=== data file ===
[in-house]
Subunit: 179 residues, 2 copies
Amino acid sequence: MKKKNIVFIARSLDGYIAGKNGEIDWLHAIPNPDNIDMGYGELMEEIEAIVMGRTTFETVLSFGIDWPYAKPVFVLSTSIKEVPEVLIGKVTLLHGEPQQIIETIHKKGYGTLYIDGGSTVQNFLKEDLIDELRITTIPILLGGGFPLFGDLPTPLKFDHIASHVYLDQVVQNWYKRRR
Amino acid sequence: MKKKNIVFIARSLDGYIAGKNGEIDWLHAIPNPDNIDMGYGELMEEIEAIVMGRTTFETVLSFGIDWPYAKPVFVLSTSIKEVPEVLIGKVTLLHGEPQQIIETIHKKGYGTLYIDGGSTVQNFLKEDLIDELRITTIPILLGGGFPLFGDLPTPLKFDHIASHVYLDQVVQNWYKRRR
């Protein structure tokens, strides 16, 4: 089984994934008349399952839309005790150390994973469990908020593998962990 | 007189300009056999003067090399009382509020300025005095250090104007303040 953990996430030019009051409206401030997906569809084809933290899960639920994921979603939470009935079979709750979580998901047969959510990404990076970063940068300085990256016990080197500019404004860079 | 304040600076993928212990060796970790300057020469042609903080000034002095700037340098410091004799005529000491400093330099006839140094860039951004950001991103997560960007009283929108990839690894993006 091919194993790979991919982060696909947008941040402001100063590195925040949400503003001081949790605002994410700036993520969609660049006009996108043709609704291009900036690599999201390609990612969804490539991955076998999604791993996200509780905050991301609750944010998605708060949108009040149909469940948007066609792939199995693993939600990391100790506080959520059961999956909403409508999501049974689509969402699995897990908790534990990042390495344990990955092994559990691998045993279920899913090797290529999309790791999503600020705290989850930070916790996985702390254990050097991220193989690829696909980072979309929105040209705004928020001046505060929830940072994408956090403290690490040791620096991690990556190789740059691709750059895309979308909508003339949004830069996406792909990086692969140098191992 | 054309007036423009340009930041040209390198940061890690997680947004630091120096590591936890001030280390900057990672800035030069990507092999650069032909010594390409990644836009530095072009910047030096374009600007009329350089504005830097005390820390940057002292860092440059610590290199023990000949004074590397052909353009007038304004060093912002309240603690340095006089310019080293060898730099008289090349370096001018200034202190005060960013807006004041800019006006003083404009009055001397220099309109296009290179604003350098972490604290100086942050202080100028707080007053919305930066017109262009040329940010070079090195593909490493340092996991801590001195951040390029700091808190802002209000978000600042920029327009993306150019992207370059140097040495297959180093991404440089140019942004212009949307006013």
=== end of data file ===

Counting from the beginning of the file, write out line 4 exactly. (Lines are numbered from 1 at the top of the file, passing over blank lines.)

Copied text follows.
Amino acid sequence: MKKKNIVFIARSLDGYIAGKNGEIDWLHAIPNPDNIDMGYGELMEEIEAIVMGRTTFETVLSFGIDWPYAKPVFVLSTSIKEVPEVLIGKVTLLHGEPQQIIETIHKKGYGTLYIDGGSTVQNFLKEDLIDELRITTIPILLGGGFPLFGDLPTPLKFDHIASHVYLDQVVQNWYKRRR